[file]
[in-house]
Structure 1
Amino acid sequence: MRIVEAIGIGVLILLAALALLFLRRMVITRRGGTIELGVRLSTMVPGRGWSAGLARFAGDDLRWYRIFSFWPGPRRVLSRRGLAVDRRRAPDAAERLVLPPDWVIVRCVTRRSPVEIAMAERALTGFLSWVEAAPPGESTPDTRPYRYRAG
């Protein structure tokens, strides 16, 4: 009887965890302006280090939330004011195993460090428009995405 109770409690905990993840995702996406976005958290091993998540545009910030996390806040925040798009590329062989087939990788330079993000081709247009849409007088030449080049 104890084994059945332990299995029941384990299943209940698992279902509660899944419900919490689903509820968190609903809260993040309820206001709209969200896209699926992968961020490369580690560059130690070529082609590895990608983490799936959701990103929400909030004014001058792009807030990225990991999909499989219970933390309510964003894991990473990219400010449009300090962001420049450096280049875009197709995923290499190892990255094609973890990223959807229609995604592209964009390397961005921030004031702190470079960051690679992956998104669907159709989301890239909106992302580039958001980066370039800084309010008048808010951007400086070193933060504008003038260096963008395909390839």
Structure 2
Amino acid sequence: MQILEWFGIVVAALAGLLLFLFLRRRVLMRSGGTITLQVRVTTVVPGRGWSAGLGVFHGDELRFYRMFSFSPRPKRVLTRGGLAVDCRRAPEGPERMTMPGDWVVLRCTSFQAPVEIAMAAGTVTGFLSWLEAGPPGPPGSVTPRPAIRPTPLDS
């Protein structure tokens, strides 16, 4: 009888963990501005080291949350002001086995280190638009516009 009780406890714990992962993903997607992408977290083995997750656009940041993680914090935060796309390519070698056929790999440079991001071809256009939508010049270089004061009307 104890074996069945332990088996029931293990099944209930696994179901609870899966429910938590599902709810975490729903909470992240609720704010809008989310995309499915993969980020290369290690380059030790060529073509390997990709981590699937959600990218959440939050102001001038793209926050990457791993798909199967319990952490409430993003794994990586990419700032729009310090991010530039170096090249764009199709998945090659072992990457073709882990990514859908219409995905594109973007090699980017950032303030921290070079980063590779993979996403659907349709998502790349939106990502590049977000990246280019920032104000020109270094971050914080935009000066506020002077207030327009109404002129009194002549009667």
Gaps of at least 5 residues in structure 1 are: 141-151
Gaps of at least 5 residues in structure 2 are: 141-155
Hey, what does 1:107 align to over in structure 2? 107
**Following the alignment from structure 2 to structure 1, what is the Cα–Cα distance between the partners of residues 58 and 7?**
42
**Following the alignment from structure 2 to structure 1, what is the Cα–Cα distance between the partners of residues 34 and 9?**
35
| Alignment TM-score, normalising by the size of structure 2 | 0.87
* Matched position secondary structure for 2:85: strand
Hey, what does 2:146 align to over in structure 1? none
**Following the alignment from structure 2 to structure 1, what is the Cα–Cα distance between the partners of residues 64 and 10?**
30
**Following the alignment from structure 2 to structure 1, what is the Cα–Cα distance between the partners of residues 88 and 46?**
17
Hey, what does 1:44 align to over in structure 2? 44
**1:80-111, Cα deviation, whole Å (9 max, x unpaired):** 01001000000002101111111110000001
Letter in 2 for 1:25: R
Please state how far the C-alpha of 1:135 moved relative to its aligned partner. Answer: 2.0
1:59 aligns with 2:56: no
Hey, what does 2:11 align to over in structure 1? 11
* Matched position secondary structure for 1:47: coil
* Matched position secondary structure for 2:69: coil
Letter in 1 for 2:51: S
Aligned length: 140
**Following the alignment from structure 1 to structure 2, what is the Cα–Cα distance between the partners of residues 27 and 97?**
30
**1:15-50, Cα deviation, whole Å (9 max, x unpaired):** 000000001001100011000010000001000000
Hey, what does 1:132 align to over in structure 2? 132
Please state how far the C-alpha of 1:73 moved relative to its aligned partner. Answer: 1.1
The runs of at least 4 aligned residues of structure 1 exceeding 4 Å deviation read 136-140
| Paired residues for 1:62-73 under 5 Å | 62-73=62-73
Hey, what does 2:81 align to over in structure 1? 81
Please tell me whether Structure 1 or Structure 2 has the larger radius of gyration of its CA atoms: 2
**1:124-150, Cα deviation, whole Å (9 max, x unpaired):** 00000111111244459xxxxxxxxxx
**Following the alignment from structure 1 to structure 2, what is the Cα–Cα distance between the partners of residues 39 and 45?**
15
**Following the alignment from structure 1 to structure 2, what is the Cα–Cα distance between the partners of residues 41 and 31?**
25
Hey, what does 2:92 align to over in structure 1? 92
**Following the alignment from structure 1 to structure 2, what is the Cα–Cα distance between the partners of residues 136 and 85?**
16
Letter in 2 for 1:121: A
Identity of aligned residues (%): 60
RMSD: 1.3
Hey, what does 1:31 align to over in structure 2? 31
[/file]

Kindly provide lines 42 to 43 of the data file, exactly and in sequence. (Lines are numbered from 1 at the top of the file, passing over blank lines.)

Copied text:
**Following the alignment from structure 1 to structure 2, what is the Cα–Cα distance between the partners of residues 39 and 45?**
15